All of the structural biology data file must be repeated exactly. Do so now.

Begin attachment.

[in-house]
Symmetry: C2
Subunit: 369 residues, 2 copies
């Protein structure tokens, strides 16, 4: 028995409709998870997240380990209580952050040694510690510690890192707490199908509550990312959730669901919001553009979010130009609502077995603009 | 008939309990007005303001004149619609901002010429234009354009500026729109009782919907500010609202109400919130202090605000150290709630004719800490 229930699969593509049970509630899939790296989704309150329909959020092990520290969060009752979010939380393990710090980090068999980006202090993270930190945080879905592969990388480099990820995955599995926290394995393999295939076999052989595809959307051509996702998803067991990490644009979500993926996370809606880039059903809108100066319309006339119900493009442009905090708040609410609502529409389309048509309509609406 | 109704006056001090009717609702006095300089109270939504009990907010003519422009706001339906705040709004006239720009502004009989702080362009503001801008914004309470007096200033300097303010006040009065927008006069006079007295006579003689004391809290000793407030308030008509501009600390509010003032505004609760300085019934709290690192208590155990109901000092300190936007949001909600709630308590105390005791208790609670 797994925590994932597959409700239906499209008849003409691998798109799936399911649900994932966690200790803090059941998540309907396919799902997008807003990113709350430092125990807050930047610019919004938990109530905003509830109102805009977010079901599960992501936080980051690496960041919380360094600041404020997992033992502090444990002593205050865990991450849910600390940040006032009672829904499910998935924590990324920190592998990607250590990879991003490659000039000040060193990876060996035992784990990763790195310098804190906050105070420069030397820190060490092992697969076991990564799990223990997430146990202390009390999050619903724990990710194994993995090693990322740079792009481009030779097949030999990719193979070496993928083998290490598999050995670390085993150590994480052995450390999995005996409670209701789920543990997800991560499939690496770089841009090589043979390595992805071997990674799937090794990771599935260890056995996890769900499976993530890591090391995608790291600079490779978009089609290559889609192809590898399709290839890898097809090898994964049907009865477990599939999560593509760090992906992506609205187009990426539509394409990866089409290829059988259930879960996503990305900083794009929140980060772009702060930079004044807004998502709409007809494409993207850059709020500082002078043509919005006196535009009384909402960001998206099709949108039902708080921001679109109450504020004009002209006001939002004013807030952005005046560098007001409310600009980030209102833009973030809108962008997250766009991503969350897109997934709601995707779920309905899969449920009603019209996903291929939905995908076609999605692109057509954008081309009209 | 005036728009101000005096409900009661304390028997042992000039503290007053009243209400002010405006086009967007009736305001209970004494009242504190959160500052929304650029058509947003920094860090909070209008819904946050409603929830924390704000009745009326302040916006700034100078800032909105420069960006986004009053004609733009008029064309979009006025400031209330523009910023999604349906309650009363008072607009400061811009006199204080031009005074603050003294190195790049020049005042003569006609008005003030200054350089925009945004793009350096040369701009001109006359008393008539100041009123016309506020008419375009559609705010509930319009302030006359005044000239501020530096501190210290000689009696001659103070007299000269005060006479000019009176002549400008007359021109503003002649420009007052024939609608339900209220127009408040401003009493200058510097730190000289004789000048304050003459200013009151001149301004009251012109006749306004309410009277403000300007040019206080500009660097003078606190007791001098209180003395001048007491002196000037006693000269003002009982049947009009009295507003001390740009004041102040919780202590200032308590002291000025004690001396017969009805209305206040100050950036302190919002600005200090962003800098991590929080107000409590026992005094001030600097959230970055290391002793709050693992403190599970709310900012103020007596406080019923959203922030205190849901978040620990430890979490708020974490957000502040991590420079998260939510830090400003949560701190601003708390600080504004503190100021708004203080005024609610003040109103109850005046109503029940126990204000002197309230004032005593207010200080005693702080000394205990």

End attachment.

[in-house]
Symmetry: C2
Subunit: 369 residues, 2 copies
């Protein structure tokens, strides 16, 4: 028995409709998870997240380990209580952050040694510690510690890192707490199908509550990312959730669901919001553009979010130009609502077995603009 | 008939309990007005303001004149619609901002010429234009354009500026729109009782919907500010609202109400919130202090605000150290709630004719800490 229930699969593509049970509630899939790296989704309150329909959020092990520290969060009752979010939380393990710090980090068999980006202090993270930190945080879905592969990388480099990820995955599995926290394995393999295939076999052989595809959307051509996702998803067991990490644009979500993926996370809606880039059903809108100066319309006339119900493009442009905090708040609410609502529409389309048509309509609406 | 109704006056001090009717609702006095300089109270939504009990907010003519422009706001339906705040709004006239720009502004009989702080362009503001801008914004309470007096200033300097303010006040009065927008006069006079007295006579003689004391809290000793407030308030008509501009600390509010003032505004609760300085019934709290690192208590155990109901000092300190936007949001909600709630308590105390005791208790609670 797994925590994932597959409700239906499209008849003409691998798109799936399911649900994932966690200790803090059941998540309907396919799902997008807003990113709350430092125990807050930047610019919004938990109530905003509830109102805009977010079901599960992501936080980051690496960041919380360094600041404020997992033992502090444990002593205050865990991450849910600390940040006032009672829904499910998935924590990324920190592998990607250590990879991003490659000039000040060193990876060996035992784990990763790195310098804190906050105070420069030397820190060490092992697969076991990564799990223990997430146990202390009390999050619903724990990710194994993995090693990322740079792009481009030779097949030999990719193979070496993928083998290490598999050995670390085993150590994480052995450390999995005996409670209701789920543990997800991560499939690496770089841009090589043979390595992805071997990674799937090794990771599935260890056995996890769900499976993530890591090391995608790291600079490779978009089609290559889609192809590898399709290839890898097809090898994964049907009865477990599939999560593509760090992906992506609205187009990426539509394409990866089409290829059988259930879960996503990305900083794009929140980060772009702060930079004044807004998502709409007809494409993207850059709020500082002078043509919005006196535009009384909402960001998206099709949108039902708080921001679109109450504020004009002209006001939002004013807030952005005046560098007001409310600009980030209102833009973030809108962008997250766009991503969350897109997934709601995707779920309905899969449920009603019209996903291929939905995908076609999605692109057509954008081309009209 | 005036728009101000005096409900009661304390028997042992000039503290007053009243209400002010405006086009967007009736305001209970004494009242504190959160500052929304650029058509947003920094860090909070209008819904946050409603929830924390704000009745009326302040916006700034100078800032909105420069960006986004009053004609733009008029064309979009006025400031209330523009910023999604349906309650009363008072607009400061811009006199204080031009005074603050003294190195790049020049005042003569006609008005003030200054350089925009945004793009350096040369701009001109006359008393008539100041009123016309506020008419375009559609705010509930319009302030006359005044000239501020530096501190210290000689009696001659103070007299000269005060006479000019009176002549400008007359021109503003002649420009007052024939609608339900209220127009408040401003009493200058510097730190000289004789000048304050003459200013009151001149301004009251012109006749306004309410009277403000300007040019206080500009660097003078606190007791001098209180003395001048007491002196000037006693000269003002009982049947009009009295507003001390740009004041102040919780202590200032308590002291000025004690001396017969009805209305206040100050950036302190919002600005200090962003800098991590929080107000409590026992005094001030600097959230970055290391002793709050693992403190599970709310900012103020007596406080019923959203922030205190849901978040620990430890979490708020974490957000502040991590420079998260939510830090400003949560701190601003708390600080504004503190100021708004203080005024609610003040109103109850005046109503029940126990204000002197309230004032005593207010200080005693702080000394205990």